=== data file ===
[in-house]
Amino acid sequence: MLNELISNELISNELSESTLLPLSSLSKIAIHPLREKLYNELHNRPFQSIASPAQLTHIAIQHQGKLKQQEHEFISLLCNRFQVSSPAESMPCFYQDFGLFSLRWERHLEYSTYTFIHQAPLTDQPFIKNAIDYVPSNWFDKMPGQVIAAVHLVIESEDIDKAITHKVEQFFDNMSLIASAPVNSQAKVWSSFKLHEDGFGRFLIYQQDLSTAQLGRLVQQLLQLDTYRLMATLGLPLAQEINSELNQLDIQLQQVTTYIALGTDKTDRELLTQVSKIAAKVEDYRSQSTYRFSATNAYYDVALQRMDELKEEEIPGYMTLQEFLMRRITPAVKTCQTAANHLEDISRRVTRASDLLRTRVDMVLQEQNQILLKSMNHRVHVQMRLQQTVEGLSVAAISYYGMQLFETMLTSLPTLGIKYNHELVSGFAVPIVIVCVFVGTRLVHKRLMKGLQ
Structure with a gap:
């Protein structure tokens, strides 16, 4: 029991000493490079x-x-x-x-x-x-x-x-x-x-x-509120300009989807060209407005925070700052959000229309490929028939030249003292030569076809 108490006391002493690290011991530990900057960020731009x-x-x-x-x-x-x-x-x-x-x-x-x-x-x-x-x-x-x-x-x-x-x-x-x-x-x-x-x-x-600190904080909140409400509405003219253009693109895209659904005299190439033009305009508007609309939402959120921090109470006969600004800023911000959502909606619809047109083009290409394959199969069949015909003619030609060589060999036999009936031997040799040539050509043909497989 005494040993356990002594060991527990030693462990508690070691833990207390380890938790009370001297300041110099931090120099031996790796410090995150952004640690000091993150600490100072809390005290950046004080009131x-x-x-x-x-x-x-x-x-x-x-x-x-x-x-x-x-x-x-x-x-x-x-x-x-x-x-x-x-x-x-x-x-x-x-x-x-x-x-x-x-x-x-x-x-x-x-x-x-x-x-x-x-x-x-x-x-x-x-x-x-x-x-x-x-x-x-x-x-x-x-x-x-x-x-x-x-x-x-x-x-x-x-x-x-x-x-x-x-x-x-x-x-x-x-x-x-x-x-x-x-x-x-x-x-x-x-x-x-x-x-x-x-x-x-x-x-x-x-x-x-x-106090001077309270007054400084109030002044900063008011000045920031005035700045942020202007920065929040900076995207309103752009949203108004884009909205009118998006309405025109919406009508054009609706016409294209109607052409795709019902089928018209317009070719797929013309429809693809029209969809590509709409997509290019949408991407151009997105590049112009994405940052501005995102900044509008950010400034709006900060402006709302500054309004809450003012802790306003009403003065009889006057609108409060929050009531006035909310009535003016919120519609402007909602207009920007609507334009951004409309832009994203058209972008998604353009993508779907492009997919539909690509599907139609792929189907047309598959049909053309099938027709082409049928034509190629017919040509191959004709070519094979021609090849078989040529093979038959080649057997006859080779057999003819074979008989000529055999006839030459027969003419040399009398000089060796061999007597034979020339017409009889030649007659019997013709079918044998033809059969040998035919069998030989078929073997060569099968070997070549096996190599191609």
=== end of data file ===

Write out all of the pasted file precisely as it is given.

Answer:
[in-house]
Amino acid sequence: MLNELISNELISNELSESTLLPLSSLSKIAIHPLREKLYNELHNRPFQSIASPAQLTHIAIQHQGKLKQQEHEFISLLCNRFQVSSPAESMPCFYQDFGLFSLRWERHLEYSTYTFIHQAPLTDQPFIKNAIDYVPSNWFDKMPGQVIAAVHLVIESEDIDKAITHKVEQFFDNMSLIASAPVNSQAKVWSSFKLHEDGFGRFLIYQQDLSTAQLGRLVQQLLQLDTYRLMATLGLPLAQEINSELNQLDIQLQQVTTYIALGTDKTDRELLTQVSKIAAKVEDYRSQSTYRFSATNAYYDVALQRMDELKEEEIPGYMTLQEFLMRRITPAVKTCQTAANHLEDISRRVTRASDLLRTRVDMVLQEQNQILLKSMNHRVHVQMRLQQTVEGLSVAAISYYGMQLFETMLTSLPTLGIKYNHELVSGFAVPIVIVCVFVGTRLVHKRLMKGLQ
Structure with a gap:
């Protein structure tokens, strides 16, 4: 029991000493490079x-x-x-x-x-x-x-x-x-x-x-509120300009989807060209407005925070700052959000229309490929028939030249003292030569076809 108490006391002493690290011991530990900057960020731009x-x-x-x-x-x-x-x-x-x-x-x-x-x-x-x-x-x-x-x-x-x-x-x-x-x-x-x-x-x-600190904080909140409400509405003219253009693109895209659904005299190439033009305009508007609309939402959120921090109470006969600004800023911000959502909606619809047109083009290409394959199969069949015909003619030609060589060999036999009936031997040799040539050509043909497989 005494040993356990002594060991527990030693462990508690070691833990207390380890938790009370001297300041110099931090120099031996790796410090995150952004640690000091993150600490100072809390005290950046004080009131x-x-x-x-x-x-x-x-x-x-x-x-x-x-x-x-x-x-x-x-x-x-x-x-x-x-x-x-x-x-x-x-x-x-x-x-x-x-x-x-x-x-x-x-x-x-x-x-x-x-x-x-x-x-x-x-x-x-x-x-x-x-x-x-x-x-x-x-x-x-x-x-x-x-x-x-x-x-x-x-x-x-x-x-x-x-x-x-x-x-x-x-x-x-x-x-x-x-x-x-x-x-x-x-x-x-x-x-x-x-x-x-x-x-x-x-x-x-x-x-x-x-106090001077309270007054400084109030002044900063008011000045920031005035700045942020202007920065929040900076995207309103752009949203108004884009909205009118998006309405025109919406009508054009609706016409294209109607052409795709019902089928018209317009070719797929013309429809693809029209969809590509709409997509290019949408991407151009997105590049112009994405940052501005995102900044509008950010400034709006900060402006709302500054309004809450003012802790306003009403003065009889006057609108409060929050009531006035909310009535003016919120519609402007909602207009920007609507334009951004409309832009994203058209972008998604353009993508779907492009997919539909690509599907139609792929189907047309598959049909053309099938027709082409049928034509190629017919040509191959004709070519094979021609090849078989040529093979038959080649057997006859080779057999003819074979008989000529055999006839030459027969003419040399009398000089060796061999007597034979020339017409009889030649007659019997013709079918044998033809059969040998035919069998030989078929073997060569099968070997070549096996190599191609």